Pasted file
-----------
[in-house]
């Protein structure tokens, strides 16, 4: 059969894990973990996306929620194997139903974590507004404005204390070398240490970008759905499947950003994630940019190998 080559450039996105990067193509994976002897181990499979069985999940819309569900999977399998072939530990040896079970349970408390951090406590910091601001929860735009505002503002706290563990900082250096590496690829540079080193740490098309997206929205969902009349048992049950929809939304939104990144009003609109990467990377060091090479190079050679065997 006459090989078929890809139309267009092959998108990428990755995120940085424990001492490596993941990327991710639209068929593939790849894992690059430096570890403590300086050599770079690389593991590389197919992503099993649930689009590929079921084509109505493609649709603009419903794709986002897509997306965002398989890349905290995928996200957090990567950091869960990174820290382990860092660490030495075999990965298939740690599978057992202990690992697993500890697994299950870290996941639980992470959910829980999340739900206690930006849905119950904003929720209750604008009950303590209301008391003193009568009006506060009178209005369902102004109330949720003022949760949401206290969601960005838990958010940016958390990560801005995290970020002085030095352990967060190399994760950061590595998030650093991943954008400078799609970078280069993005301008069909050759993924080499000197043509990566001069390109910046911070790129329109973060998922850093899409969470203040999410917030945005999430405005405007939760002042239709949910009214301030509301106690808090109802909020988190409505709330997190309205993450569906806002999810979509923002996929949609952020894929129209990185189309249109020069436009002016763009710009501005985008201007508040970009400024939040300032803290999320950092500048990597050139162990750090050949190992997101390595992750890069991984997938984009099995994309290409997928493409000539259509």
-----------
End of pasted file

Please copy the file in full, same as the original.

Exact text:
[in-house]
């Protein structure tokens, strides 16, 4: 059969894990973990996306929620194997139903974590507004404005204390070398240490970008759905499947950003994630940019190998 080559450039996105990067193509994976002897181990499979069985999940819309569900999977399998072939530990040896079970349970408390951090406590910091601001929860735009505002503002706290563990900082250096590496690829540079080193740490098309997206929205969902009349048992049950929809939304939104990144009003609109990467990377060091090479190079050679065997 006459090989078929890809139309267009092959998108990428990755995120940085424990001492490596993941990327991710639209068929593939790849894992690059430096570890403590300086050599770079690389593991590389197919992503099993649930689009590929079921084509109505493609649709603009419903794709986002897509997306965002398989890349905290995928996200957090990567950091869960990174820290382990860092660490030495075999990965298939740690599978057992202990690992697993500890697994299950870290996941639980992470959910829980999340739900206690930006849905119950904003929720209750604008009950303590209301008391003193009568009006506060009178209005369902102004109330949720003022949760949401206290969601960005838990958010940016958390990560801005995290970020002085030095352990967060190399994760950061590595998030650093991943954008400078799609970078280069993005301008069909050759993924080499000197043509990566001069390109910046911070790129329109973060998922850093899409969470203040999410917030945005999430405005405007939760002042239709949910009214301030509301106690808090109802909020988190409505709330997190309205993450569906806002999810979509923002996929949609952020894929129209990185189309249109020069436009002016763009710009501005985008201007508040970009400024939040300032803290999320950092500048990597050139162990750090050949190992997101390595992750890069991984997938984009099995994309290409997928493409000539259509």